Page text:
Gunsight Ridge (1957)    1 Stars

“Only One Would Leave Gunsight Ridge Alive!”


Gunsight Ridge (1957)

Director: Francis D. Lyon

Cast: Joel McCrea, Mark Stevens, Joan Weldon

Synopsis: A stage line agent investigates a series of robberies by taking the job of a deputy sheriff in a border Arizona town.







The days of the B-movie Western were coming to an end when Gunsight Ridge was released, the consequence of television’s voracious appetite for material which resulted in the creation of countless Western TV series. In fact, a couple of years after this movie was released, its ageing star Joel McCrea briefly defected to the small screen to appear in Wichita Town, a short-lived Western series for NBC.

McCrea plays Mike Ryan, a stage line agent sent undercover to an Arizona town to investigate a series of stagecoach hold-ups. On the way out there, Ryan’s stagecoach is held up by Velvet Clark (Mark Stevens) and a hapless accomplice who allows his mask to slip, provoking Clark into shooting him dead after the stagecoach has been sent on its way minus its booty. Ryan becomes friendly with the town’s sheriff Tom Jones (Addison Richards), eventually becoming his deputy. However, their partnership is short-lived as Clark guns down the sheriff when he stumbles across him attempting to smuggle the proceeds from a bank robbery out of town, thus setting up a showdown with Ryan.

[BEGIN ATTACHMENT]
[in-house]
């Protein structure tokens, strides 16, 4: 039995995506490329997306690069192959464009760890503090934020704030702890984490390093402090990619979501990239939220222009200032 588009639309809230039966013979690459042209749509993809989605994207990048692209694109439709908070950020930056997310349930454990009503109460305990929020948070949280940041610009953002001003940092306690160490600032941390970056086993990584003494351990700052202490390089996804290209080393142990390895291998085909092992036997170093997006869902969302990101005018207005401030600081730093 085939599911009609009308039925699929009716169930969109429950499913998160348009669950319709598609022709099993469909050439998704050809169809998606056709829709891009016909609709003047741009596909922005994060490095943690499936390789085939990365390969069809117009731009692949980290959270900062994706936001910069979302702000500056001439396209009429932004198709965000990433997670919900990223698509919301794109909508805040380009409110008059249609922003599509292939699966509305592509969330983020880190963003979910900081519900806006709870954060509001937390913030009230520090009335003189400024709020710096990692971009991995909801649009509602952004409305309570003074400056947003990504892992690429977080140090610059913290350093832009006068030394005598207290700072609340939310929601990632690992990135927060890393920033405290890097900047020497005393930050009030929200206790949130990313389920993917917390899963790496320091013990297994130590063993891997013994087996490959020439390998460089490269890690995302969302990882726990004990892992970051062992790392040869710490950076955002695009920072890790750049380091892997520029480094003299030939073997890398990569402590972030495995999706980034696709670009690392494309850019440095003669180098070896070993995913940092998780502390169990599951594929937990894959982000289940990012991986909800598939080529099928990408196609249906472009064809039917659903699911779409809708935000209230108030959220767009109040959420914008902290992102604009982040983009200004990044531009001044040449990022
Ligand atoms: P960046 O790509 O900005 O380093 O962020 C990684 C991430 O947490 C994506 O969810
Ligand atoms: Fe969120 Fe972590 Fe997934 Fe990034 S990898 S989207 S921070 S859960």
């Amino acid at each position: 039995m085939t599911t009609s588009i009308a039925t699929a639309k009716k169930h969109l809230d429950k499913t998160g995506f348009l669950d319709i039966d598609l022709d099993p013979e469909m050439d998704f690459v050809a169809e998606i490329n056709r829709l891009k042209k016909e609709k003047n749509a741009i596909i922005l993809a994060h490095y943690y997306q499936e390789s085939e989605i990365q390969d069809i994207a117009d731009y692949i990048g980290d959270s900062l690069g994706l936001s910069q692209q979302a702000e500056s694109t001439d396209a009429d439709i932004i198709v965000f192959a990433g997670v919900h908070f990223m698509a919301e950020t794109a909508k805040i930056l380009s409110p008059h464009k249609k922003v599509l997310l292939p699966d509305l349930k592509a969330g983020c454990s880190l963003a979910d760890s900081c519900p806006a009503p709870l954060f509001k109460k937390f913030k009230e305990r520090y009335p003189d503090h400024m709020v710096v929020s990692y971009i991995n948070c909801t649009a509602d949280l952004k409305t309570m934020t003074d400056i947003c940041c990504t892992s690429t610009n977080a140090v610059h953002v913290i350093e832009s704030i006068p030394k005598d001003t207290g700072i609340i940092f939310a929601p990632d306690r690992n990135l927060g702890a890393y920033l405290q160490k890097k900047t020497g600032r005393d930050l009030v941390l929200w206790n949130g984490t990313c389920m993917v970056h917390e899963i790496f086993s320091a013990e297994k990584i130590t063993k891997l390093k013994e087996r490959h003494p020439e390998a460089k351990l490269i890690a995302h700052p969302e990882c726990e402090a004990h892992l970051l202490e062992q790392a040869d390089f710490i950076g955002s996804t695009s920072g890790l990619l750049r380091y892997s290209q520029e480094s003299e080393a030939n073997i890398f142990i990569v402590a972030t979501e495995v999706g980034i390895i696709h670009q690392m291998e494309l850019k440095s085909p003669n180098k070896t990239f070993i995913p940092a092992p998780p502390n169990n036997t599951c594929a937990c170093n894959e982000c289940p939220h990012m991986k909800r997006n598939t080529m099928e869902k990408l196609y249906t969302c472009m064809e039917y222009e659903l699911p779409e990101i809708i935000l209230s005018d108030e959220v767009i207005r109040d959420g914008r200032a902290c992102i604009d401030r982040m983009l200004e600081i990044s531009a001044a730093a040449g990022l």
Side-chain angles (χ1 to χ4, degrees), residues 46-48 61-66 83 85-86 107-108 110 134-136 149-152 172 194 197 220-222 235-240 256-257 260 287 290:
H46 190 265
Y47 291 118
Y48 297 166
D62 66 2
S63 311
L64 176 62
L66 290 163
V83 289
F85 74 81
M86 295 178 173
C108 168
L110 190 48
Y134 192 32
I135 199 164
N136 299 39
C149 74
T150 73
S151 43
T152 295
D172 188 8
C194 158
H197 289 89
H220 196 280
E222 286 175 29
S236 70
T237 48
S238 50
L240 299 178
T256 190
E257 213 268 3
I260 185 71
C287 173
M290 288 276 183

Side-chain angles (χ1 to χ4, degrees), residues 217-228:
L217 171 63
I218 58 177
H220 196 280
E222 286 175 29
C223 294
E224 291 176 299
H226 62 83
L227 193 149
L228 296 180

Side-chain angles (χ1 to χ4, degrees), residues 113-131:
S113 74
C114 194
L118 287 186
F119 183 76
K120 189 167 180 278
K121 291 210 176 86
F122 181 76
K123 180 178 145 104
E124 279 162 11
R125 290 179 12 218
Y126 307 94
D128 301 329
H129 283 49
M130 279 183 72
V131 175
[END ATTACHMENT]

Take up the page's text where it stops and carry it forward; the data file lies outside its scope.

Gunsight Ridge is a strange little Western, better than most of its type. The plot rambles along, never quite sure whether it wants to focus on the hunt for the stagecoach robber, Ryan’s wooing of the sheriff’s daughter (Joan Weldon), Clark’s motivation for his life of crime, or the criminal exploits of a pack of cowboys living on a ranch on the outskirts of town. By the final act, it’s spending as much time with the fascinating character of Velvet Clark as it is with the more prosaic Ryan, which is no bad thing as he, and actor Mark Stevens, are by far the best thing about Gunsight Ridge.

Stevens was an interesting man who led a restless, nomadic existence. Once briefly a Hollywood leading man during the war years after being turned down for service, he became a published novelist when his acting career faltered and opened a restaurant in Spain, none of which prevented him from eventually filing for bankruptcy in the 1960s. Velvet Clark, his character in Gunsight Ridge, although shown to be a ruthless killer when he has to be, is shown in an almost sympathetic light for much of the time, and given added depth with a back story relating to his frustrated desire to be a pianist. It’s a thin line between good and bad, and Clark fell the wrong side of that line because of his frustrated creative urges.

The plot is strictly formulaic, but the uncommon attention given to the character of Clark by writer Talbot Jennings manages to elevate Gunsight Ridge above the ordinary.

(Reviewed 8th June 2012)